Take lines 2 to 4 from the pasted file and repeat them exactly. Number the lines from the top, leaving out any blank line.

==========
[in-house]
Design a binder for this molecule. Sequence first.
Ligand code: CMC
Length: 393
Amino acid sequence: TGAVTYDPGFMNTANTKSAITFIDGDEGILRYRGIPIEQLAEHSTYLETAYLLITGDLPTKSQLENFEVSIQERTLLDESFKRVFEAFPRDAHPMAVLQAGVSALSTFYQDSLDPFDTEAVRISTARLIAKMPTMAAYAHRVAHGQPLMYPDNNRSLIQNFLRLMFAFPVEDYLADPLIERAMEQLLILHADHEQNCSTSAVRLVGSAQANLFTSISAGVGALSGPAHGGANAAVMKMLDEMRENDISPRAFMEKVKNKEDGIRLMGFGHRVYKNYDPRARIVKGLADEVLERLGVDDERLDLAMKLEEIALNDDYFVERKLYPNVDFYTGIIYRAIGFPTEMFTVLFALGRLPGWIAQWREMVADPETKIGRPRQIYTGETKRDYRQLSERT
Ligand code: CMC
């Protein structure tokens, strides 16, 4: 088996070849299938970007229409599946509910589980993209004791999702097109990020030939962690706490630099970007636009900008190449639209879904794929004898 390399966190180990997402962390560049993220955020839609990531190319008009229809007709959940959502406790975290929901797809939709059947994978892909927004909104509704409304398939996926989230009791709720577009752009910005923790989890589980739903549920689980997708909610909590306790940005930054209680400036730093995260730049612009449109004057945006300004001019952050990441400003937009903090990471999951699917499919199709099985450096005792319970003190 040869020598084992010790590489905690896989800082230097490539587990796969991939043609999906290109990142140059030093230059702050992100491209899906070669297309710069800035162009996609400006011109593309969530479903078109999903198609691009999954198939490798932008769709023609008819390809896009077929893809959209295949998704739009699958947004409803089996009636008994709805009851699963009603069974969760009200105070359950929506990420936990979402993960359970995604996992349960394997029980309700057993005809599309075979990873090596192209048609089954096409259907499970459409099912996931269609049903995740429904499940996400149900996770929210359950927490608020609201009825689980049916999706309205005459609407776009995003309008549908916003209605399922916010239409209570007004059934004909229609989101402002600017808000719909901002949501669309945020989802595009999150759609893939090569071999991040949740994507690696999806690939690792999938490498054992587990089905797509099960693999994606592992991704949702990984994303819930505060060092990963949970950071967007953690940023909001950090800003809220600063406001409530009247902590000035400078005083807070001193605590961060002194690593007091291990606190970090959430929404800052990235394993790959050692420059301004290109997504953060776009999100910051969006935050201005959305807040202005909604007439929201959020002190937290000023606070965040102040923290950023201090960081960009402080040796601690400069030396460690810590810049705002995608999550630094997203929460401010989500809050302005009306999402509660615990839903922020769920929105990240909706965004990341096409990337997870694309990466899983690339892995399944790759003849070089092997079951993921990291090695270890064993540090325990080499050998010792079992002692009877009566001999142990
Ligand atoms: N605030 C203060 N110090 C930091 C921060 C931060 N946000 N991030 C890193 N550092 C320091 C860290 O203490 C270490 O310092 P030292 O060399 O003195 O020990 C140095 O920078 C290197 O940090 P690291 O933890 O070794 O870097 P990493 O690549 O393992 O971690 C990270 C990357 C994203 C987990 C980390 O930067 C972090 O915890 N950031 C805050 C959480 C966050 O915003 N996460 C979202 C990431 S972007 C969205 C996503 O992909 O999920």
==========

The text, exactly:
Design a binder for this molecule. Sequence first.
Ligand code: CMC
Length: 393